While You Were Working: 3:15pm at Rex Cinema
Photography by Marisse Caine.

The best time to watch a movie is right smack in the middle of the day.

Cinemas are not only emptier, but there’s also a liberating sense of defiance in taking two hours out of your busy work or school schedule to simply enjoy yourself.

The special effects, four walls, and huge screen of a cinema provide an important respite from reality. For that two hours, nothing matters but the alternate world you inhabit. You are a Jedi, a quirky female lead in a romantic comedy, or a superhero saving your city. In the darkness, you are no longer a bored civil servant trying to find joy in filing another year-end report.

In Singapore, we’re used to seeing cinemas in shopping malls, where they’re typically found on the uppermost floor. The moviegoing experience is, in fact, so ingrained within our local culture and childhood that it feels as though a suburban mall is not ‘legitimate’ unless it has a cinema.

As such, there’s even more fascination surrounding the old Rex Cinema, one of Singapore’s last standalone movie theatres. Over the years, there have been attempts to dig into the history of the place. Even so, little remains known about the three-storey orange and grey building showing Tamil and Hindi films that stands at Mackenzie Road.

As a child, I hung out regularly around Rex to eat the best curry puff in the world: the Selera curry puff. At Selera restaurant, right opposite the cinema, I would sit and observe the occasional patron to Rex. Even in my memory, they all seemed to be Indian.

It’s been more than 10 years since then, but Rex still appears fairly deserted today.

Something tells me it won’t be long before the cinema will need to make way for road expansion, MRT works, or a fancy condominium.

This particular afternoon, the only people milling around in front of the building are a group of customers, who disappear quickly into their respective cinema halls once doors open. I note that they’re also all Indian, which matches what I remember of the place.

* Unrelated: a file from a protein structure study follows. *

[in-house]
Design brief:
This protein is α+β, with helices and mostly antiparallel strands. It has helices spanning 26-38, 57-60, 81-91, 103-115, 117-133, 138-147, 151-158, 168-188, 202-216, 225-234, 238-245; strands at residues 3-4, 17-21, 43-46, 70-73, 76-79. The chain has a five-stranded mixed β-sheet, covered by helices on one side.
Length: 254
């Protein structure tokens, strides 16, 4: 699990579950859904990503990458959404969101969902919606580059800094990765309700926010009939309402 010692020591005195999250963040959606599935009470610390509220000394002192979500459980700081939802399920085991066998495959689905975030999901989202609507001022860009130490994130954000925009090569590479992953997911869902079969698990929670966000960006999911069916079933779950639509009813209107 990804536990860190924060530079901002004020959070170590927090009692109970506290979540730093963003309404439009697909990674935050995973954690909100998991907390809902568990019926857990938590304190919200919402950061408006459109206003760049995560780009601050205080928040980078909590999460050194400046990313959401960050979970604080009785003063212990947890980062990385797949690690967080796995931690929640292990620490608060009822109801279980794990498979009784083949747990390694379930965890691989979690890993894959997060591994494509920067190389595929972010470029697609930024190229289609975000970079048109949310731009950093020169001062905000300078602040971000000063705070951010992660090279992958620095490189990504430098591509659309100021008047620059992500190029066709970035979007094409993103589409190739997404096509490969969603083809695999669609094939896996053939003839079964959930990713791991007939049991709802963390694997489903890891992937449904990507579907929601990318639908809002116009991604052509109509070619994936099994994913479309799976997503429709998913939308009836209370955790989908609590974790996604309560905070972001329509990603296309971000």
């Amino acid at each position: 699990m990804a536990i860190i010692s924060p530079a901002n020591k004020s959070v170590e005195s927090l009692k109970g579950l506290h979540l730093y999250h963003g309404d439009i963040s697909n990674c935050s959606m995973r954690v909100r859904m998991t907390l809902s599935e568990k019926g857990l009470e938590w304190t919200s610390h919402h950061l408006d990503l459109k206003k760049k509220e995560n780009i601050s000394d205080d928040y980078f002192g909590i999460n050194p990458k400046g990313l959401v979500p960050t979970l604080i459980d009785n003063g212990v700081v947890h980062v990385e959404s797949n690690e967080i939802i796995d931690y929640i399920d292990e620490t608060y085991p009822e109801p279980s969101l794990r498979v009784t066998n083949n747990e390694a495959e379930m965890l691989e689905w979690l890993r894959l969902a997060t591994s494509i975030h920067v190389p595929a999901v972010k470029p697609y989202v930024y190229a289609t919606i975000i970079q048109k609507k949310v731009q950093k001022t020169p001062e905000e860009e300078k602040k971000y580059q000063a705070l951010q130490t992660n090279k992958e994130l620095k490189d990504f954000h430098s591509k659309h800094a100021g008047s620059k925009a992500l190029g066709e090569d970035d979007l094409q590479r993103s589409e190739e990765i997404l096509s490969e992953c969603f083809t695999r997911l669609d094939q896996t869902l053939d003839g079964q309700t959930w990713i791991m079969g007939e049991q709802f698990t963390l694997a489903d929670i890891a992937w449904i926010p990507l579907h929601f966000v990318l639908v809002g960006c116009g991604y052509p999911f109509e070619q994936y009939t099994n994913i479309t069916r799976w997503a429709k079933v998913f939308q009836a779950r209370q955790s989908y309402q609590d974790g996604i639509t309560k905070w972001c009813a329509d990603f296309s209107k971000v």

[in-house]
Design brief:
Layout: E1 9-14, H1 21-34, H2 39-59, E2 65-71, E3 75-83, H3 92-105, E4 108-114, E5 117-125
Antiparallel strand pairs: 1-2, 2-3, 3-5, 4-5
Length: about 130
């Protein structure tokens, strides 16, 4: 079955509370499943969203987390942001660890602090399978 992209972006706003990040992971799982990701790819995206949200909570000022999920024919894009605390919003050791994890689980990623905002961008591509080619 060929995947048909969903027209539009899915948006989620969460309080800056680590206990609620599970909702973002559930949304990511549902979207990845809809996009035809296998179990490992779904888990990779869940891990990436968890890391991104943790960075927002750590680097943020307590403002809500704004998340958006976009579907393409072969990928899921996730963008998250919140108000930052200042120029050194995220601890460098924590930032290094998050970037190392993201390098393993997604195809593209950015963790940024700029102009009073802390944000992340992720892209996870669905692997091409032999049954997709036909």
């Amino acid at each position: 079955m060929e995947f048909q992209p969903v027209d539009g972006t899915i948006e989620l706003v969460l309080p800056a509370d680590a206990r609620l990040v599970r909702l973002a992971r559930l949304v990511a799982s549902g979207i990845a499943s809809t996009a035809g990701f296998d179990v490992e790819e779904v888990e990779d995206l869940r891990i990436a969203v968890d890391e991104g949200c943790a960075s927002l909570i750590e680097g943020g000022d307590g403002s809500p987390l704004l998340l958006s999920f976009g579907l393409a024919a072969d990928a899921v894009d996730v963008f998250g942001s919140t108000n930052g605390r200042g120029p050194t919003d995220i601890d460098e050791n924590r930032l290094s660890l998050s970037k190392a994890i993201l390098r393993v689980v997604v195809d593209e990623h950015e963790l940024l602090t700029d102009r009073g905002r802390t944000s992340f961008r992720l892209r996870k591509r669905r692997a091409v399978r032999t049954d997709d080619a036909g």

A couple of boys, who are probably in their late teens, run breathlessly into Hall 2, just in time for their movie to start. The movie playing in that hall is Chennai 2 Singapore, a Tamil romantic comedy which I am told is a hit with Rex’s customers.

About half of them appear to be alone today, which I suppose is expected. After all, most people are in the office at 3pm.

Not Mr Morgan, however. I catch the retiree sitting on the sofas outside Hall 2 on the second floor, with a huge cup of soda.

Being at Rex on a weekday afternoon is the norm for him. Not just because he enjoys watching movies alone, but also because he doesn’t catch films at other cinemas. To him, there is only Rex.

Today, he’s watching Chennai 2 Singapore, which is apparently right up his alley. Our conversation is brief, but he discloses right away that he only enjoys comedies before excusing himself to proceed into Hall 2.

I spend the next five minutes reading Chennai 2 Singapore’s Wikipedia page to find out what exactly is the film’s draw. The storyline is predictable, but as with many romantic comedies, the expected narrative is probably what makes it attractive.

The waiting area outside the halls on the second floor.
It’s a lazy afternoon, made even more languid by the hot wind blowing into the main lobby, where the food and ticketing counters are located.

Vignesh, who has been manning the food counter for 2.5 years, tells me that the movies at Rex have a five-minute interval in the middle, so he gets to talk to people fairly often when they come out to get more food. As such, his job is “not really boring”.